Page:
D.A.: Glenn shooting justified
Chief Deputy District Attorney Robert Bletko says use of deadly force was justified
WASHINGTON COUNTY - The family of Lukus Glenn is disappointed by the Washington County district attorney's finding that the Sept. 16 fatal shooting of the 18-year-old by Washington County deputies was justified, said the family's attorney Michael Cox.
A letter released Wednesday from Chief Deputy District Attorney Robert Bletko read, 'I have concluded that the shooting of Mr. Glenn, while tragic, was legally justified… There is no good reason to believe that the deputies committed a crime and therefore a grand jury review in this case is not warranted.'
Wednesday morning, Cox said he had not yet seen the letter from the district attorney's office. The family planned to issue a statement sometime today, Thursday, Cox said.
The three-page letter with cover sheet was addressed to Washington County Sheriff Rob Gordon. The letter included a summary of the events that led up to the fatal shooting of Lukus Glenn outside his parents' home in Metzger.
Deputies responded shortly after 3 a.m. Sept. 16 to the family's residence. Hope Glenn, Lukus's mother, had called 9-1-1 to report her intoxicated son was suicidal and had threatened violence.
Washington County Sheriff's deputies Mikhail Gerba and Tim Mateski responded first to the scene. Tigard police officer Andrew Pastore arrived shortly after with a beanbag shotgun.
After Glenn reportedly failed to comply with commands to drop a knife he was holding, Pastore fired six rounds of beanbags. At least five of the bags struck Glenn.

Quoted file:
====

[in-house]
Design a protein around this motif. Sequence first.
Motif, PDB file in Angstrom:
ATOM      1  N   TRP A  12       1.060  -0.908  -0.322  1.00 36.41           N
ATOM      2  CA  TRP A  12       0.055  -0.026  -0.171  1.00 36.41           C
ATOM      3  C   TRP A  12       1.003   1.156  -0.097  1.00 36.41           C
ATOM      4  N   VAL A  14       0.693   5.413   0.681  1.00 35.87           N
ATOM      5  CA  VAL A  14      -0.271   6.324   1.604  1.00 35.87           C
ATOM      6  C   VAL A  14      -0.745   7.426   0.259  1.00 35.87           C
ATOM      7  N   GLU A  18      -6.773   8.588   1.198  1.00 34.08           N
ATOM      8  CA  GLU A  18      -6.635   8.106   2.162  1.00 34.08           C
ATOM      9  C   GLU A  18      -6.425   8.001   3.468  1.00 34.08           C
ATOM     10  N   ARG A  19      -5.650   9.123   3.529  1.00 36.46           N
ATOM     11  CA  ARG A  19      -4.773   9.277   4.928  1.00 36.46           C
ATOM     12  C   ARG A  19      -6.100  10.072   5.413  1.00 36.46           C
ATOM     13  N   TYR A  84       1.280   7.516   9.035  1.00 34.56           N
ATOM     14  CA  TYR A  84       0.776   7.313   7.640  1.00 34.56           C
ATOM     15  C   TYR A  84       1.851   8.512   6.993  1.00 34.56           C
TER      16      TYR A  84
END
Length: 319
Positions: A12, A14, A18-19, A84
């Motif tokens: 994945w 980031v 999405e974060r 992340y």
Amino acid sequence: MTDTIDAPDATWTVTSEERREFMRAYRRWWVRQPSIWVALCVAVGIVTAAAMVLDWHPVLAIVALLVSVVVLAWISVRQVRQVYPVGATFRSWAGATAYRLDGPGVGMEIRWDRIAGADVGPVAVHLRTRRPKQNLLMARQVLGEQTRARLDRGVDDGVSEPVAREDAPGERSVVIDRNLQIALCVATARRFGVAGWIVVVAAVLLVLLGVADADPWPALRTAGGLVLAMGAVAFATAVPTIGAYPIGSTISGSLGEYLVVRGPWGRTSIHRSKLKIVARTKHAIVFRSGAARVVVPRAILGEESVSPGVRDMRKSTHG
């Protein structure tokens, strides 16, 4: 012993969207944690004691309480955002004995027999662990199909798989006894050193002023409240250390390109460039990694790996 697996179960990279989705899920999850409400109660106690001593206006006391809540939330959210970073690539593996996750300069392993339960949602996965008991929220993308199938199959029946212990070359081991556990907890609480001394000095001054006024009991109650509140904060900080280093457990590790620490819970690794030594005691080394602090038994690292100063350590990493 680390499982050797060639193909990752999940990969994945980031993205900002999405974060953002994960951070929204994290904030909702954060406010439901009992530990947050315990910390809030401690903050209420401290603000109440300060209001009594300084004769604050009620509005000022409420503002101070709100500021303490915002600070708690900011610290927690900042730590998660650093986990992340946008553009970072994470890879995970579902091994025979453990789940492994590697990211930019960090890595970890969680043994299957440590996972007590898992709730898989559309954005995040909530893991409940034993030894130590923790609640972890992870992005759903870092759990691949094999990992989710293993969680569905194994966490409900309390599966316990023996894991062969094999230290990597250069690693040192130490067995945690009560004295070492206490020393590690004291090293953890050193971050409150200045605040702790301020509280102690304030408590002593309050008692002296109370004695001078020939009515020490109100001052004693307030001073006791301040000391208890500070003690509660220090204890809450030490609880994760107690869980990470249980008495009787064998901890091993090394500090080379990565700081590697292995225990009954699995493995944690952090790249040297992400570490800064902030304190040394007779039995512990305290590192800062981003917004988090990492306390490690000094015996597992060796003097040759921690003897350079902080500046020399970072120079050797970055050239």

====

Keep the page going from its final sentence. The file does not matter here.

As Pastore was reloading the beanbag shotgun, the letter notes that Glenn turned and began running toward the entrances of the residence. Gerba and Mateski then fired a total of 11 rounds at Glenn who then 'collapsed within arm's reach of one of the entrances.' Eight bullets struck Glenn.
'It is clear that Mr. Glenn was extremely distraught and angry with his parents on the night of his death,' Bletko's letter read. 'He had smashed out windows to their vehicles using his bare hands as well as a shovel, kicked in the front door to their residence and armed himself with a knife making statements that someone was going to die tonight. He told the deputies on the scene either they would have to kill him or he would kill himself.'
The letter continued with, 'It is one thing for a deputy to hesitate in using deadly physical force endangering his own life. It is quite another for a deputy to hesitate when doing so endangers the life of someone who has called for help. Mr. Glenn's mother told the 9-1-1 operator she was safe as long as her son didn't run into the house.'
Bletko's letter referenced Glenn's autopsy and toxicology results, which showed a .18 blood alcohol level at the time of his death.
'Glenn's intoxication… obviously contributed to his irrational and aggressive behavior,' Bletko noted.
According to the letter, detectives are investigating who provided Glenn with the alcohol the 18-year-old consumed on the night of his death.
A letter released Oct. 5 on behalf of the Glenn family from Lawrence Peterson, another lawyer for the family, called for a public inquest into the shooting of Lukus Glenn.
The letter, which came out one week before the district attorney's decision not to pursue grand jury review, noted that the family did not believe 'a grand jury proceeding alone (would) fully and fairly address the circumstances of Luke's death.'
'The Glenn family has lost confidence in Washington County's ability to perform the full and fair investigation that has been promised to the public,' the family's letter read.
A cover letter from the district attorney's office attached to the review decision read, 'We recognize that the review process of the incident is ongoing, including Washington County Sheriff's office review, possible civil review and review perhaps by public discussion involving those with appropriate expertise.'
The district attorney's office said they are ready to release and make available all investigative reports related to the case.